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What are midwives?


Asked by Roadfamily6now at 11:18 PM on Nov. 3, 2010 in Pregnancy

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Answers (6)
  • Women who are trained in the art of attending childbirth, supporting the laboring mother, caring for the infant, and problem solving. Certified Nurse Midwives carry a master's degree in nursing and often work in hospitals. Lay Midwives and Entry Level Midwives are educated in lay schools or on the job and attend home births. While Midwives are not usually the first choice for a birth attendant in the United States today, they are in many places in Europe, including countries such as the Netherlands, which actually has lower maternal and infant mortality rates than the United States. Historically, Midwives have been used for centuries to attend births, long before Obstetricians became the primary birth attendants. Fortunately, Midwifery is still alive and well and in some areas is growing in popularity.

    Answer by Adelicious at 11:25 PM on Nov. 3, 2010

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  • They're flipping awesome!!!


    The term midwife reflects a philosophy of care that is directed at the woman & her individual reproductive needs. This philosophy of care is represented by the Midwives Model of Care, based on the fact that pregnancy & birth are normal life processes. The midwives model of care includes:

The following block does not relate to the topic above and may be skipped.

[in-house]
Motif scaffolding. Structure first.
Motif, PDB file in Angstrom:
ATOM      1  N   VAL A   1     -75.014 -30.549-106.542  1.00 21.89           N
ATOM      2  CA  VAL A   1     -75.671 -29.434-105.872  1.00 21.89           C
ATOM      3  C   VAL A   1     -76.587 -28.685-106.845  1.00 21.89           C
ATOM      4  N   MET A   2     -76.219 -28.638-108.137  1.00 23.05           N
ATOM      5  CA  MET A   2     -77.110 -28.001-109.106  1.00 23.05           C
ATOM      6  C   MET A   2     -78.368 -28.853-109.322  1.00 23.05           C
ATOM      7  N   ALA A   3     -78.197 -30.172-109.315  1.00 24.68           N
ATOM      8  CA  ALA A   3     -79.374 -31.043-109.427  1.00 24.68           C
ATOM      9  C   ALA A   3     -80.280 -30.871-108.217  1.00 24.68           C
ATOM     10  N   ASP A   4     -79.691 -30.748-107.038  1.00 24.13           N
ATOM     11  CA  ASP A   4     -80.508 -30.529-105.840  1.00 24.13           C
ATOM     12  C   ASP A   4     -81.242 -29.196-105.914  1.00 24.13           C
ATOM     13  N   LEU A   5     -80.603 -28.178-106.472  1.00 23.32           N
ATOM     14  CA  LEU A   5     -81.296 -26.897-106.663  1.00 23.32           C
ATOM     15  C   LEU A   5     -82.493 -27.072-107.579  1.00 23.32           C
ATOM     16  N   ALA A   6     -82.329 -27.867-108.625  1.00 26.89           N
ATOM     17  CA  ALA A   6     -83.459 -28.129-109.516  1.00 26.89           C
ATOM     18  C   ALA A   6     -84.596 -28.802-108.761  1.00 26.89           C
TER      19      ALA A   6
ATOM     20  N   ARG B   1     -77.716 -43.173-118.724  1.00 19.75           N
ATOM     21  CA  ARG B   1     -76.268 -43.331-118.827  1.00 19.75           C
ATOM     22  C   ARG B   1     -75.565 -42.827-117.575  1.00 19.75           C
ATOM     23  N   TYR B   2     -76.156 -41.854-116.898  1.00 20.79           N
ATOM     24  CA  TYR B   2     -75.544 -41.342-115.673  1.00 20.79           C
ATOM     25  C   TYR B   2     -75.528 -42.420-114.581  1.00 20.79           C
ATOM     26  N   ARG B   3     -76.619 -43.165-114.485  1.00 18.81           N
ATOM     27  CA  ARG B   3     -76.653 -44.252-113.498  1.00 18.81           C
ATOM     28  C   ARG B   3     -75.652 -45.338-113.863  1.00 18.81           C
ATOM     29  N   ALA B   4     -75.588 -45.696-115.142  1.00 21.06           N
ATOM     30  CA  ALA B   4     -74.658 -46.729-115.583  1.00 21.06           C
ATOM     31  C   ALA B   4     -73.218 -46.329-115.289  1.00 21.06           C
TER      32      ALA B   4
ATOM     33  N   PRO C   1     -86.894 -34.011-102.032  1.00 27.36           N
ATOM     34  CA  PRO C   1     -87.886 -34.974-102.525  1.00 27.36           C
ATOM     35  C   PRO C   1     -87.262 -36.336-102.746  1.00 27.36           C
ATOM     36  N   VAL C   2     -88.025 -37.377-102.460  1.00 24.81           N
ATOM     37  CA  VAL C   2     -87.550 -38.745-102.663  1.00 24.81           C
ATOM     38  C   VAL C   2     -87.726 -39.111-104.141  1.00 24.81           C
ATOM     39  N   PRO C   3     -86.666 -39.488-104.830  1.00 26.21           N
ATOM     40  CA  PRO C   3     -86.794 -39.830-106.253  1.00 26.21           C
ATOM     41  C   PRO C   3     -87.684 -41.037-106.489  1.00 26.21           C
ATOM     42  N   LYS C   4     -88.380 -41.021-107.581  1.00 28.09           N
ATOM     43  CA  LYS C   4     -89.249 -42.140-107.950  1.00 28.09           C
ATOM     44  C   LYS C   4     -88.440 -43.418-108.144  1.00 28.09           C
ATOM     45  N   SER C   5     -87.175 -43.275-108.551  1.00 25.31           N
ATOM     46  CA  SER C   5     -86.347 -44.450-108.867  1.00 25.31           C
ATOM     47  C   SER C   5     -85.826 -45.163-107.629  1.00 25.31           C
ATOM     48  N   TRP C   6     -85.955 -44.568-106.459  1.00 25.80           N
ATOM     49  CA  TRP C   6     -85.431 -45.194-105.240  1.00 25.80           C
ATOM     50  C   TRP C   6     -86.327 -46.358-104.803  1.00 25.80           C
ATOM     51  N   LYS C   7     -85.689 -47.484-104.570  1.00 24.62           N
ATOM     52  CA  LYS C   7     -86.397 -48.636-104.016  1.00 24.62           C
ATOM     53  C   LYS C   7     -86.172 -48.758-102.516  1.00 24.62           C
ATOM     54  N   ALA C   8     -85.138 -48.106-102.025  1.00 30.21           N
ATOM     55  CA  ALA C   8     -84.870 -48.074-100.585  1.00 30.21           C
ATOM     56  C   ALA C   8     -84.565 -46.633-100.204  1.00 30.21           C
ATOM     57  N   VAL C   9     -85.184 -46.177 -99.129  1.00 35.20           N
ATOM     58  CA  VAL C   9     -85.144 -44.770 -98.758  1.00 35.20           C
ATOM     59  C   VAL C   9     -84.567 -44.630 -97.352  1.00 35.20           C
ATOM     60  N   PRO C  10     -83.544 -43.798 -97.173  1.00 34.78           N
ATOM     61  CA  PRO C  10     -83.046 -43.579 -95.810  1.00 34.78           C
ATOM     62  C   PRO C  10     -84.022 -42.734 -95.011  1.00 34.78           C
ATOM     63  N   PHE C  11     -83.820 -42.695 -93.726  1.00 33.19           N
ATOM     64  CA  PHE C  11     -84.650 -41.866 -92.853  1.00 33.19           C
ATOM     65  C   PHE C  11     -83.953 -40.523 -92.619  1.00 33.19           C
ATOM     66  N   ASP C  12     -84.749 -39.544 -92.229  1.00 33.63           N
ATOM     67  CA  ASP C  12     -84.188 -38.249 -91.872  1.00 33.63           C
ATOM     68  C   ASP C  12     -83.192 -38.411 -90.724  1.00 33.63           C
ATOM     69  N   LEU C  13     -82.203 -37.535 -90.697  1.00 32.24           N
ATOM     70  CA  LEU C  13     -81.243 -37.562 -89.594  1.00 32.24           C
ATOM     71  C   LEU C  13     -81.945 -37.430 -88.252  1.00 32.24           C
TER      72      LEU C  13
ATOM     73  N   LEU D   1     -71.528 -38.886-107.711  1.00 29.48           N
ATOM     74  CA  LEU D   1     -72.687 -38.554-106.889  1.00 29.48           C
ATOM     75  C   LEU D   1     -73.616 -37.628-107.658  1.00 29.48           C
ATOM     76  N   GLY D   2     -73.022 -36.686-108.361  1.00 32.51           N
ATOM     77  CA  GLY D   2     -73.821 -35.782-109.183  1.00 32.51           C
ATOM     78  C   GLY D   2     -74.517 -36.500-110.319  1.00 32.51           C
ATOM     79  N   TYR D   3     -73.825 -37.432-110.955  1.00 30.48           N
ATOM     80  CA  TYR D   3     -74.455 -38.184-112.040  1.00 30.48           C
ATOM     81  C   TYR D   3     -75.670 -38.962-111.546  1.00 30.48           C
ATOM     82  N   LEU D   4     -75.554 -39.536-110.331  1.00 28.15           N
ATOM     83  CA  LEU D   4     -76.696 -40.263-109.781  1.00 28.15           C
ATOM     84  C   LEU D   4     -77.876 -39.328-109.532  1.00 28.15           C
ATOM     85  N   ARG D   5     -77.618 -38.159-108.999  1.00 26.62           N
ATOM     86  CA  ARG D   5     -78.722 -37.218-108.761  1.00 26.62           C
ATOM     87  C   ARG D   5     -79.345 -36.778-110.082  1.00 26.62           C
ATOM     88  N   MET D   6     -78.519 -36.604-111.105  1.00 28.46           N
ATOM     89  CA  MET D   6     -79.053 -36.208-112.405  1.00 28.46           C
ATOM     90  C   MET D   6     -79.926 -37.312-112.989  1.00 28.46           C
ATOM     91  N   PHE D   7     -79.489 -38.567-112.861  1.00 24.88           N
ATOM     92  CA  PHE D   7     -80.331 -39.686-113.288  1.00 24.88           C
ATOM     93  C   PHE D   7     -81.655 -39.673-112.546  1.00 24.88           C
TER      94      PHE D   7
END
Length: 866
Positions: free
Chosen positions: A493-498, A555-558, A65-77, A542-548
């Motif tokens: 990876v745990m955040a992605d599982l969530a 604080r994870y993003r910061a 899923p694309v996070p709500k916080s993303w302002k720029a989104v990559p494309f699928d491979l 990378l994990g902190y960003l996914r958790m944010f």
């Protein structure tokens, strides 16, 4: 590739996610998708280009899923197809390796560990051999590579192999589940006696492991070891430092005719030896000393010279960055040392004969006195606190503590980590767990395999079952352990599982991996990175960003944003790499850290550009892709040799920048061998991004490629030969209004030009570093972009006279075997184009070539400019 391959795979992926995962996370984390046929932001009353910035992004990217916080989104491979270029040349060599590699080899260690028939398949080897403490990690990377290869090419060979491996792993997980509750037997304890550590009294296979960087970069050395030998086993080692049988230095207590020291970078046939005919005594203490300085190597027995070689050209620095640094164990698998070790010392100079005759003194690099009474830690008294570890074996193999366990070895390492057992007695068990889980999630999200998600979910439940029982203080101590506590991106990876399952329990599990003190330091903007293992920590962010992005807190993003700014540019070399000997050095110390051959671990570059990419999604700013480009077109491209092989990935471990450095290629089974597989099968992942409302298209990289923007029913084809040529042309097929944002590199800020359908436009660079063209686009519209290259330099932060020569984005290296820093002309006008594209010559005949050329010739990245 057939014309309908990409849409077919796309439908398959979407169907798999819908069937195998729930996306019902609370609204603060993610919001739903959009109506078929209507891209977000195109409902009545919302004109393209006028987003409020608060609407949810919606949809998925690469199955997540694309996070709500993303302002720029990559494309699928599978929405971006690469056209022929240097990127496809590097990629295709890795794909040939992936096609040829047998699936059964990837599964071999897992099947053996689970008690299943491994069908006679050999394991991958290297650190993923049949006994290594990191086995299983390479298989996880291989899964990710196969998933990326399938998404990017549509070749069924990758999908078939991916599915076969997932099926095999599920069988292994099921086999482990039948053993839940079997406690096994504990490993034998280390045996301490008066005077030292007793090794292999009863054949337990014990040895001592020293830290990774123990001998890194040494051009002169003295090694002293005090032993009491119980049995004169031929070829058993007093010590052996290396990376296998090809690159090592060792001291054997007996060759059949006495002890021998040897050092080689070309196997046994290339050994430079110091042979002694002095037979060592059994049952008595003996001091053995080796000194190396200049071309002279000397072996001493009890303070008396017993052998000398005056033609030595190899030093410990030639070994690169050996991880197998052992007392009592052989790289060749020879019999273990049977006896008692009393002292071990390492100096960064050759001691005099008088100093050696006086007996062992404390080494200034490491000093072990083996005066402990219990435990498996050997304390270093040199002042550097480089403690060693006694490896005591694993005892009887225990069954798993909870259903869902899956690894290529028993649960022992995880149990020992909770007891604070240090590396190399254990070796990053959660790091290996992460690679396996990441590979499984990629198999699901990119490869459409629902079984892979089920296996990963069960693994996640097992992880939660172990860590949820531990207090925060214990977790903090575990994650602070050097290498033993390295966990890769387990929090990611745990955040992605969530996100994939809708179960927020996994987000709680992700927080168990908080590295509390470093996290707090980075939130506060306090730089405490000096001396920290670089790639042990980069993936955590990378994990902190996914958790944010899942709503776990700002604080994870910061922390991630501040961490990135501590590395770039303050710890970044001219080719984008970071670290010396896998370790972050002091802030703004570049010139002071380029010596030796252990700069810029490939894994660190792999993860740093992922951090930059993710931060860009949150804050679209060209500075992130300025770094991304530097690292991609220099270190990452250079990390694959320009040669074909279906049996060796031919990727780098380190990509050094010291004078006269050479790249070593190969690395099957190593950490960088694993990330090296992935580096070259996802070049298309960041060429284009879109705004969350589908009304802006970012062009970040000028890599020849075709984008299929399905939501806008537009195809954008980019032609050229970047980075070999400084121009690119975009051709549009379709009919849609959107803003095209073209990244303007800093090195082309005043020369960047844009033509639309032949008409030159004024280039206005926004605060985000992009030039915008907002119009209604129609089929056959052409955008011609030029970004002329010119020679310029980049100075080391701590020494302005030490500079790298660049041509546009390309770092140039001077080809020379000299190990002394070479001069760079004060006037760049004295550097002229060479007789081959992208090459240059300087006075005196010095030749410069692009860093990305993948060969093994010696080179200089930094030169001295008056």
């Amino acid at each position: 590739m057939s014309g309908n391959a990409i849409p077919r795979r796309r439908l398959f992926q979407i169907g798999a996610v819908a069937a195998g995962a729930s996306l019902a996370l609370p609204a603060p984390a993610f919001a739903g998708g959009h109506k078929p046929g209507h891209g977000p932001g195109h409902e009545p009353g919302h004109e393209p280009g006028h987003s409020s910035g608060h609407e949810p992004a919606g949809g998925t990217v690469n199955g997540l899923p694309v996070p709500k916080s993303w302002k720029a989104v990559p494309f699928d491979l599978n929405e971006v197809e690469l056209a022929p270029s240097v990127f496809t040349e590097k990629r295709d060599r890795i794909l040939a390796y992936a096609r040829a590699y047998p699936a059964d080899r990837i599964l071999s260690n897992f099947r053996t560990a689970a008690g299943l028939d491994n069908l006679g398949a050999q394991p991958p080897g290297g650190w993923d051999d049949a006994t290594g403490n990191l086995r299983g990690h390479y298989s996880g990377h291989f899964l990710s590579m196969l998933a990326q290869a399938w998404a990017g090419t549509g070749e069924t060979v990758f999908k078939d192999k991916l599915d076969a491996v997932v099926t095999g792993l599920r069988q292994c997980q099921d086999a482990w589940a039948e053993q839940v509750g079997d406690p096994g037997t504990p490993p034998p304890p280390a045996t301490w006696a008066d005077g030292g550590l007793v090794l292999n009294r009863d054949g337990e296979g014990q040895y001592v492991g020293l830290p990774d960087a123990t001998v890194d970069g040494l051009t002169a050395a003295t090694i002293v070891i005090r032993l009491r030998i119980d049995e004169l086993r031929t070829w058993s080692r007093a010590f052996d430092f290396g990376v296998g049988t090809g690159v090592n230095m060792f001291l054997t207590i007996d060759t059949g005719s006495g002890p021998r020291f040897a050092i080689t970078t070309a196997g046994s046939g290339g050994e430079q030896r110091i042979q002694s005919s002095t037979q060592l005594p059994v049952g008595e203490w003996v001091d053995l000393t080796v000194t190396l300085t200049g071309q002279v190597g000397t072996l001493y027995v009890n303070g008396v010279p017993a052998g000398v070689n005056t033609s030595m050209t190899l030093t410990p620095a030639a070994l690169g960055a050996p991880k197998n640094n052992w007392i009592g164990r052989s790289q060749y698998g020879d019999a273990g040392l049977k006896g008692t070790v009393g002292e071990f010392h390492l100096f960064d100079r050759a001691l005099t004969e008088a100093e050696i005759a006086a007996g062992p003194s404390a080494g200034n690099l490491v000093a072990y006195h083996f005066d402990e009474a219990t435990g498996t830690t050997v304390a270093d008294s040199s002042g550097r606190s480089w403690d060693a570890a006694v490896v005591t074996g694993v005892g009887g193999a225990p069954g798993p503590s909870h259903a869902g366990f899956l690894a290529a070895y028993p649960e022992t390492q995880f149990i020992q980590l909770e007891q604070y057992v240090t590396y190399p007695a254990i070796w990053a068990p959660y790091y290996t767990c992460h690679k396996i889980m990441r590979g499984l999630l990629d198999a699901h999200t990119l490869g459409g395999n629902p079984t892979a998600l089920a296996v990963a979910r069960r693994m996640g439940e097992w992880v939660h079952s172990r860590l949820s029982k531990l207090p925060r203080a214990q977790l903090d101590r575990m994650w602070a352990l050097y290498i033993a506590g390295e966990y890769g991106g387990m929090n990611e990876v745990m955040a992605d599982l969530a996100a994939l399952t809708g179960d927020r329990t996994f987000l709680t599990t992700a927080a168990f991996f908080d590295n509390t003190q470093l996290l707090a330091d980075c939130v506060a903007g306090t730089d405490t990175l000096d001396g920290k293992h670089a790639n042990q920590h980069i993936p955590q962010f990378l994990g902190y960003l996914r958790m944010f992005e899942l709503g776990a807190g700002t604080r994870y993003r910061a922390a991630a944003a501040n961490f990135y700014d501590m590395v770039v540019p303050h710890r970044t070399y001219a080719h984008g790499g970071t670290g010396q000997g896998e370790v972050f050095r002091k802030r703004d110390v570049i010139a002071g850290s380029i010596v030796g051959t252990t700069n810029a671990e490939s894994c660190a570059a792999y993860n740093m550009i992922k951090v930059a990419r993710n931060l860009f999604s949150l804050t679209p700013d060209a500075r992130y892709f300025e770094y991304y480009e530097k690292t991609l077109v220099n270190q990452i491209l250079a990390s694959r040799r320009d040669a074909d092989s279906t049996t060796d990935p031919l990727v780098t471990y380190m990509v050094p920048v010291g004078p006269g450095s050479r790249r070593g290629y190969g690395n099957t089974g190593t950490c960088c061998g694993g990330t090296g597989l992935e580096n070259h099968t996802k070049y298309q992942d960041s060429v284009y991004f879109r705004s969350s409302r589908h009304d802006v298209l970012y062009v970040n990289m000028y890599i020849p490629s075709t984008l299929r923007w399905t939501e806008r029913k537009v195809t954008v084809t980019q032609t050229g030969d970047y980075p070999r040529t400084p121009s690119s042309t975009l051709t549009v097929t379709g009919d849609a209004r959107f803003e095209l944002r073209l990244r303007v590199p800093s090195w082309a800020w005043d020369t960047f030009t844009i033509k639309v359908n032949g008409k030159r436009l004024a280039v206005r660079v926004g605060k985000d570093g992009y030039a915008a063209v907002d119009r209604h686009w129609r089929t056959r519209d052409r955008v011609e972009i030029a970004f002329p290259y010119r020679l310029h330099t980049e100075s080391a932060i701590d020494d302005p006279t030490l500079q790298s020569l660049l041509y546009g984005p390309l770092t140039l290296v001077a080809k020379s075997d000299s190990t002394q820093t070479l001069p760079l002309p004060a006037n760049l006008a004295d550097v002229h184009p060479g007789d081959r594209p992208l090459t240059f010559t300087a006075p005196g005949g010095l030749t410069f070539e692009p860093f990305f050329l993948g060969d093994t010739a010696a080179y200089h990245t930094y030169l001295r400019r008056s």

*Monitoring the physical, psychological, & social well-being of the mother throughout the childbearing cycle
    *Providing the mother with individualized education, counseling, & prenatal care, continuous hands-on assistance during labor & delivery, & postpartum support
    *Minimizing technological interventions
    *Identifying & referring women who require obstetrical attention

    Answer by NDFanatik at 1:29 AM on Nov. 4, 2010

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  • midwife - A person with training and professional experience who provides care to women during pregnancy and through labor and delivery. Midwives usually take a holistic and woman-focused approach to pregnancy and childbirth; many work with the backup support of a medical doctor.

    Answer by BradenIsMySon at 11:24 PM on Nov. 3, 2010

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  • Midwives are health care professionals who specialize in attending normal birth. There are basically two types.

    Certified Nurse Midwife (CNM) is a midwife who had a nursing credential, usually an RN, and a master's degree in midwifery. They are legal to practice in all 50 states, and usually work in hospitals, though some also do birth center and home births.

    Direct-Entry Midwife (DEM) is an umbrella term which includes Certified Professional Midwives (CPM), which is a midwife who passed an exam by the North American College of Midwives, Registered Midwives (RM) Licensed Midwives (LM) and Certified Midwives (CM) which are all variations on how states license midwives. They do not hold a nursing degree (though some have in the past) and only do home or freestanding birth center births for low-risk women. Some states do not license DEMs and others ban DEMs entirely.

    Answer by Ati_13 at 11:29 PM on Nov. 3, 2010

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  • I think of midwives as birthing specialists.

    Answer by gypsyjewels at 1:56 PM on Nov. 6, 2010

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  • a person trained to assist women in childbirth

    Answer by SuperrMommyy at 12:01 PM on Nov. 9, 2010

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